Announcement

Collapse
No announcement yet.

Need Help with strange issue !

Collapse
X
 
  • Filter
  • Time
  • Show
Clear All
new posts

  • Need Help with strange issue !

    My first scratch build was basically Harry's Showdown 1/32 Chassis. Had a couple of problems
    , but it ended up turning out well, especially for my first try. Had some learning issues with the second Build, but ended up happy with it, as well.
    My third Build is giving me a strange problem, right outta the gate : I can't get the 3/32 axle to go into the 3/32 bushings I bought ! I checked my Order (and even my order previous to that) from Slot Car Corner, and all looked correct. I am obviously missing something. What Size Bushings (inside diameter) Do 3/32 Axles Fit Into, since I figure 3/32 axle can't be pushed into same size hole in a bushing. Seems the hole in the bushing should be slightly larger than the 3/32 ?? I also know, the outside diameter of the bushing must be 3/16, in order to fit inside the 7/32 round brass tube ! I don't know if maybe I was sent the wrong size axles, or what. Can't quite understand, why things fit fine, on my first two Builds, and I'm having this problem, this time. Advise, please !!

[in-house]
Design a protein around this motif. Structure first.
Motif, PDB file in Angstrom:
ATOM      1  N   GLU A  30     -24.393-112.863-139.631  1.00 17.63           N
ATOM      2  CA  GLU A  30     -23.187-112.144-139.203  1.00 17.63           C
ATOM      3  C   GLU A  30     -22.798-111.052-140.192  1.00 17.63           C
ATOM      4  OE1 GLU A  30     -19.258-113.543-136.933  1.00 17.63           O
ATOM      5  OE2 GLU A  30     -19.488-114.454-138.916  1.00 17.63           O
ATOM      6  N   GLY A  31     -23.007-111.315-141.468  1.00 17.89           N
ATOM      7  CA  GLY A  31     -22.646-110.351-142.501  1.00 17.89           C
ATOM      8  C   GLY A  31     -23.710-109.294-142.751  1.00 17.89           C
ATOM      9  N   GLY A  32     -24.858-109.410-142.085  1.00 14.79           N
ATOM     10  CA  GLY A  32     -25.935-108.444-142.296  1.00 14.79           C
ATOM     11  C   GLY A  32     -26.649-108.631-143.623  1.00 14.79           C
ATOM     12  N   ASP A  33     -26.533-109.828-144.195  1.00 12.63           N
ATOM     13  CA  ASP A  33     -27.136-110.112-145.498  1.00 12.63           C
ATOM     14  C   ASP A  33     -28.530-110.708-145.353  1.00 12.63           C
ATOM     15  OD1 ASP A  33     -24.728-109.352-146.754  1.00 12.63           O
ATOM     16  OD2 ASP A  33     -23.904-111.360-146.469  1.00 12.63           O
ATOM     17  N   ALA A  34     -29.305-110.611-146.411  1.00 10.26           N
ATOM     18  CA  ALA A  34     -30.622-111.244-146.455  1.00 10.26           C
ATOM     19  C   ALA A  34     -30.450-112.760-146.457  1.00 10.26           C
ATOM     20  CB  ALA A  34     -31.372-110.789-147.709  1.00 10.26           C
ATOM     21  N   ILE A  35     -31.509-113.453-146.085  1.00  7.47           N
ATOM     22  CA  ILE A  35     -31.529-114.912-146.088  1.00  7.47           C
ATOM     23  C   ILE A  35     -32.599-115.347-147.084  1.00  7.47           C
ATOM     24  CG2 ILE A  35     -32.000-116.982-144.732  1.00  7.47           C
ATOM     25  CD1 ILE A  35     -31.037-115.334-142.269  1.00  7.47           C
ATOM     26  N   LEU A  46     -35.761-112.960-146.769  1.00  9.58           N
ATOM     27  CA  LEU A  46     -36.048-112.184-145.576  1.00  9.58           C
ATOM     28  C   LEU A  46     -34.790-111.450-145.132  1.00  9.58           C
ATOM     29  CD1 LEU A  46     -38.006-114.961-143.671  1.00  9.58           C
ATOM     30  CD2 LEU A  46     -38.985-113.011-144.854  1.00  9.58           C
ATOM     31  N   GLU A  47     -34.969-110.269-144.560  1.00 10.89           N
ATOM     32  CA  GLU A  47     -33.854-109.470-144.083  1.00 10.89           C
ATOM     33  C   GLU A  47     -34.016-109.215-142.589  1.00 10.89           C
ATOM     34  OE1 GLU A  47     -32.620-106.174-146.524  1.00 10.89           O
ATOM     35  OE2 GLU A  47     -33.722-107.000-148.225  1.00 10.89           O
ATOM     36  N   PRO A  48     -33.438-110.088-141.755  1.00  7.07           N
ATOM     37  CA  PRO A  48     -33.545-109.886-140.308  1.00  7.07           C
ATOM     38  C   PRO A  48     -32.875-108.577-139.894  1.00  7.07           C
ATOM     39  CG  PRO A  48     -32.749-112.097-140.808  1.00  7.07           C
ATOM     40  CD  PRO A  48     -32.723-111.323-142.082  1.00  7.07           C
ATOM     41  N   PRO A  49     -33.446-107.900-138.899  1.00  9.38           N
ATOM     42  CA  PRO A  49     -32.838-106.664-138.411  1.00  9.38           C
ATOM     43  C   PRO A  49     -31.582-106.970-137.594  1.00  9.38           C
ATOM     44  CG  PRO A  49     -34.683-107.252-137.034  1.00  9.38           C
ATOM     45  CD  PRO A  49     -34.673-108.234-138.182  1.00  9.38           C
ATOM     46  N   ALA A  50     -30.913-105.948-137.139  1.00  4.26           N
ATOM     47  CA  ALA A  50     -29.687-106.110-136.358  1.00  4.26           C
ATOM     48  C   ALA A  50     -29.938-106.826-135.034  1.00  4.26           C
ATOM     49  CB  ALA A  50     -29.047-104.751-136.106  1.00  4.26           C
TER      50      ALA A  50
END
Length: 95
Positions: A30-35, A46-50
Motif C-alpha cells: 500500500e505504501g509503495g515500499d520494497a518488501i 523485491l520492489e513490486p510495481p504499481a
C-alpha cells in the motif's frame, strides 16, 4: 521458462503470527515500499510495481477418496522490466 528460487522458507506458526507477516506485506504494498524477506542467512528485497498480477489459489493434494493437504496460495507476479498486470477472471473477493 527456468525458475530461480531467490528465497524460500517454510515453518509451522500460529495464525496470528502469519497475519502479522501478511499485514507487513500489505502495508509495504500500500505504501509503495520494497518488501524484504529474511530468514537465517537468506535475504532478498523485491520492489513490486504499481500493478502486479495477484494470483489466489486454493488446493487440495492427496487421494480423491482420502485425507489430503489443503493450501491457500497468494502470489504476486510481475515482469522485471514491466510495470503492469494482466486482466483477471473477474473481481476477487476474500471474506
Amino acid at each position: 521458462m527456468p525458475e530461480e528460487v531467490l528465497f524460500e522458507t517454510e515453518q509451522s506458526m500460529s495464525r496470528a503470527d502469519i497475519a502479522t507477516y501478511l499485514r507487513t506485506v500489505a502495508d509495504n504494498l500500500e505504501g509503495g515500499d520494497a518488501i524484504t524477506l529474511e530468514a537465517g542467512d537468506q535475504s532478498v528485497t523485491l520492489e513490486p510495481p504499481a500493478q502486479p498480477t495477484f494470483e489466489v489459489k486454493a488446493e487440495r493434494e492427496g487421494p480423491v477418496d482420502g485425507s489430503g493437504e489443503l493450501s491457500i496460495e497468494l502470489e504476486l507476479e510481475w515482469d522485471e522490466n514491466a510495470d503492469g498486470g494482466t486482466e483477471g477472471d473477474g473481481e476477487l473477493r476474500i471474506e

.

  • #2
    NSR axles should fix it. Order the F1 axles 60mm NSR4866 or NSR4802 55mm. I need help as I should not know these #s in my head.
    The Jester
    of Da Lou (St. Louis) but from
    the Soxside (Chicago)

    Comment


    • #3
      Try deburring the axle some times the cut on the end of the axle is sharp enough to prevent it from sliding through the bushing